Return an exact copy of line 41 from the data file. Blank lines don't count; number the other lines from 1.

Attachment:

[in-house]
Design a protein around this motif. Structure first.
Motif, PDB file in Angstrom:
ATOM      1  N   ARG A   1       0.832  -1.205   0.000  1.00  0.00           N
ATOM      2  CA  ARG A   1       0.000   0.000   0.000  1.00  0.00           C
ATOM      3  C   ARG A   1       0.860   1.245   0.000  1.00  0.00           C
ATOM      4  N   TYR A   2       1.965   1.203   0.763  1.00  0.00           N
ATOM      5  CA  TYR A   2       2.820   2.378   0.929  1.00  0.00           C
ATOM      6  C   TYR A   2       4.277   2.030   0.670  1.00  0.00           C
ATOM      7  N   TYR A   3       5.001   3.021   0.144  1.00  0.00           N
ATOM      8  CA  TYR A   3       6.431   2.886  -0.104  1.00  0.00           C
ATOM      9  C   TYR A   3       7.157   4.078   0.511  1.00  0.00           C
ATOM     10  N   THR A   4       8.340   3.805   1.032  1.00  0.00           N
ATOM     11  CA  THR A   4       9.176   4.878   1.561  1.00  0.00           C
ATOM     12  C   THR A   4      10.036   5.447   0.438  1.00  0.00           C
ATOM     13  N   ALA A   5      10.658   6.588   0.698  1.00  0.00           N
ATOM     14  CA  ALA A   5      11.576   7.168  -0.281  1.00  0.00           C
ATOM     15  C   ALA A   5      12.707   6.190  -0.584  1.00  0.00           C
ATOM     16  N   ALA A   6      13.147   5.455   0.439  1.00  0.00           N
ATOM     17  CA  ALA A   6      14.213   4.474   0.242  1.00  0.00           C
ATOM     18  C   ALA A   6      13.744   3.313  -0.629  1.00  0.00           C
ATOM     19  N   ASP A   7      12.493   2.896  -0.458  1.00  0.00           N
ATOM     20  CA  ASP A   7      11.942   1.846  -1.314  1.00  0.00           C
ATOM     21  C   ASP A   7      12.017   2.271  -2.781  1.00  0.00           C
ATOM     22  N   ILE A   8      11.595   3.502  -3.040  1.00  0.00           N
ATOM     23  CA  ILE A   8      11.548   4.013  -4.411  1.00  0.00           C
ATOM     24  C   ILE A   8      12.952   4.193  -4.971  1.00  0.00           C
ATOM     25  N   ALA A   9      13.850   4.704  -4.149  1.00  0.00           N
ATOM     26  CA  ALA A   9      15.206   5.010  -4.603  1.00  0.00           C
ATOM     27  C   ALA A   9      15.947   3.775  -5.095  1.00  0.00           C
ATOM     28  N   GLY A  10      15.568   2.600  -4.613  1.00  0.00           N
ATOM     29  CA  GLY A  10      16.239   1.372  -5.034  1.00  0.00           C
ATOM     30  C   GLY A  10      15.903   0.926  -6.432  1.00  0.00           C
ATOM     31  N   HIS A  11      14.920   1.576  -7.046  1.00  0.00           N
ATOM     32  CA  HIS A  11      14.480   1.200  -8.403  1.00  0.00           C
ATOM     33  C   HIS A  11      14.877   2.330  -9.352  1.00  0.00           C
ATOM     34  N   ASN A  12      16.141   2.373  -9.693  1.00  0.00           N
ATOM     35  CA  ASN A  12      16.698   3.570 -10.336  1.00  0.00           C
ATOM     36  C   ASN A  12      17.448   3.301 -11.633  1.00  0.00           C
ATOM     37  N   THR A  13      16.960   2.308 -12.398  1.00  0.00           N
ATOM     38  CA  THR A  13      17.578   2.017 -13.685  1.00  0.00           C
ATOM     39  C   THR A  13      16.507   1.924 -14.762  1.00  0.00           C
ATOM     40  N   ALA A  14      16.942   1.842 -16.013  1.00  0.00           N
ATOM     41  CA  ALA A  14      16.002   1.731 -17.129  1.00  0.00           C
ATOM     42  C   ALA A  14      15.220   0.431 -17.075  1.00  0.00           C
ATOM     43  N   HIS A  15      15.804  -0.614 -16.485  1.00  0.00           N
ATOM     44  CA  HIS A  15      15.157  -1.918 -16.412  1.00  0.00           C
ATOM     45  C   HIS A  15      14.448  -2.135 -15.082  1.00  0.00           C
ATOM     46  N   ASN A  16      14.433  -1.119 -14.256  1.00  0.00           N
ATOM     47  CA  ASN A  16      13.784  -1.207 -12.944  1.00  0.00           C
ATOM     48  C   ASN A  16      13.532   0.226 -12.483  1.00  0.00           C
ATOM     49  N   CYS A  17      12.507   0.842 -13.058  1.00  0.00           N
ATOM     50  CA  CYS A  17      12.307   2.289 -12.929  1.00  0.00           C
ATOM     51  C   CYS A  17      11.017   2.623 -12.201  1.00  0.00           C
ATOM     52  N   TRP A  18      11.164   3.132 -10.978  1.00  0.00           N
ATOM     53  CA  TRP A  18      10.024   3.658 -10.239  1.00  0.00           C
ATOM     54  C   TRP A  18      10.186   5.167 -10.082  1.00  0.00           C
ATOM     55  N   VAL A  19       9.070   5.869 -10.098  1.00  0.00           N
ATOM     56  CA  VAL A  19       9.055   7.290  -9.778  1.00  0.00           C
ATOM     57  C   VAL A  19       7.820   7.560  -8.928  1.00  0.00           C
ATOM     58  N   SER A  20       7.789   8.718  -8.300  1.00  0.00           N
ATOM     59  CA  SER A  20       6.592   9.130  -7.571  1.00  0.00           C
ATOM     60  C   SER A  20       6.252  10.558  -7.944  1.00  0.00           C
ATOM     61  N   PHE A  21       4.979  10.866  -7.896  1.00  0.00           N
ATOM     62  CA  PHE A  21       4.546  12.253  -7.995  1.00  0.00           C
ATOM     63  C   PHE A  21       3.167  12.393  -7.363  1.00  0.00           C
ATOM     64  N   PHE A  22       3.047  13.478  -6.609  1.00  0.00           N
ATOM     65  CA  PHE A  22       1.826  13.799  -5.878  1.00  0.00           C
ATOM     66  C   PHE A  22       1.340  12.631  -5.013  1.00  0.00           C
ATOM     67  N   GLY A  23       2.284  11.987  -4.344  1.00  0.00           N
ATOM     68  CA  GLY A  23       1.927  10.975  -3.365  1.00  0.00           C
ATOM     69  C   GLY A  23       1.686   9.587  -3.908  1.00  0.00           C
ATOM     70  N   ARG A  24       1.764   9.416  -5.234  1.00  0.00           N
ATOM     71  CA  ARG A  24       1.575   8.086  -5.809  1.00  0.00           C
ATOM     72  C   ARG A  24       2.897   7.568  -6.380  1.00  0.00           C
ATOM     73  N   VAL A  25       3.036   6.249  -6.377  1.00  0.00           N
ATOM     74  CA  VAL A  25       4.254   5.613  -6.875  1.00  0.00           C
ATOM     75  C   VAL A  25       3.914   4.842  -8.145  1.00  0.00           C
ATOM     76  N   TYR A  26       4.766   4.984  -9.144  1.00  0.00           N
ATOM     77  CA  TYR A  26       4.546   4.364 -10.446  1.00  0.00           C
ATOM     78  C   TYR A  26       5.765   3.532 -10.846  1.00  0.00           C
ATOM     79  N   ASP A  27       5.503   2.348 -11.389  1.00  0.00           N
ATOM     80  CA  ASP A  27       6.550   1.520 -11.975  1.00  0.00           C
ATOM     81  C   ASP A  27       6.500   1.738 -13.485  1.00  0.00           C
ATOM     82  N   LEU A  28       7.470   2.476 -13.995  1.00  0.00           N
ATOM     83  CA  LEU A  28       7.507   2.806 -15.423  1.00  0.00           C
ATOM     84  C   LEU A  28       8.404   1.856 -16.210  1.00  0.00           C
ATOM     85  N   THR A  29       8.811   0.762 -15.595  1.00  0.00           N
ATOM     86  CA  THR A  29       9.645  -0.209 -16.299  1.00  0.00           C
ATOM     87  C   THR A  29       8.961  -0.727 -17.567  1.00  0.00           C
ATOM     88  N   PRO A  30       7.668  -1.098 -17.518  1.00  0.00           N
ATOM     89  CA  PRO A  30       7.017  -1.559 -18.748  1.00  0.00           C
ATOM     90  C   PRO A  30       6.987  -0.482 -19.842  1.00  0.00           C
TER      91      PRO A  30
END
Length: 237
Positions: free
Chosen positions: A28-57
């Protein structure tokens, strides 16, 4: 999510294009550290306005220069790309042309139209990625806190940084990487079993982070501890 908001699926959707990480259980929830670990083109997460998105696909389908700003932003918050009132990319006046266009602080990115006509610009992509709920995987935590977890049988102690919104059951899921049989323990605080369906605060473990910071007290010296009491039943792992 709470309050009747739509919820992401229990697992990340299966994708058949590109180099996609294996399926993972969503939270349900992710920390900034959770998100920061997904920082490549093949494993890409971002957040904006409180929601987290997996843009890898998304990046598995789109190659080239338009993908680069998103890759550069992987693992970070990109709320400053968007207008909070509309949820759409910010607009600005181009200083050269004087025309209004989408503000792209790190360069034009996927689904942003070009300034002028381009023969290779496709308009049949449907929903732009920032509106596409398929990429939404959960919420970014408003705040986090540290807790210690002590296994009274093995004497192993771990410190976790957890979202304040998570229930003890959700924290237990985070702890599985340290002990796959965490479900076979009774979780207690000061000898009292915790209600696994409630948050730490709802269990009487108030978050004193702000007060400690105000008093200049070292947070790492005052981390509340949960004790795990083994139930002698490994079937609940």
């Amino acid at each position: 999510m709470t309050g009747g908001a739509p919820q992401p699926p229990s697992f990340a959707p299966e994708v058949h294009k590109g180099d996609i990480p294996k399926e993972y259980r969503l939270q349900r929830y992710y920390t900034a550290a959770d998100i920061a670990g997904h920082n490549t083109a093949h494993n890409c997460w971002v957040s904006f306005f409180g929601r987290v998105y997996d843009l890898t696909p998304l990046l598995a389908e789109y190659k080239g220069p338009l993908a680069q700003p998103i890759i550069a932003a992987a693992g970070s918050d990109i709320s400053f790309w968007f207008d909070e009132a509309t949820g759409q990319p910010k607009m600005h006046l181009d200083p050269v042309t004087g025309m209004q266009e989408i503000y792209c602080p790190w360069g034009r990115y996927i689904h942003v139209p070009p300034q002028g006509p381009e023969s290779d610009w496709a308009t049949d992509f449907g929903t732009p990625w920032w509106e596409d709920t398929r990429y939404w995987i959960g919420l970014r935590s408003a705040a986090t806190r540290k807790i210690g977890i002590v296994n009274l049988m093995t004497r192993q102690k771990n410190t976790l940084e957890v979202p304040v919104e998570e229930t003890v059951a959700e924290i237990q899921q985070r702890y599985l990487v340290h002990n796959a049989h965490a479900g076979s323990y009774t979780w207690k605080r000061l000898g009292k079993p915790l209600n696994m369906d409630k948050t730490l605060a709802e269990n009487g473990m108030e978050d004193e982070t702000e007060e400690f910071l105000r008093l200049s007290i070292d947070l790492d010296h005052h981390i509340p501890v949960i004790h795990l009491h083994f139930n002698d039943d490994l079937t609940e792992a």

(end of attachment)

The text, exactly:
ATOM     38  CA  THR A  13      17.578   2.017 -13.685  1.00  0.00           C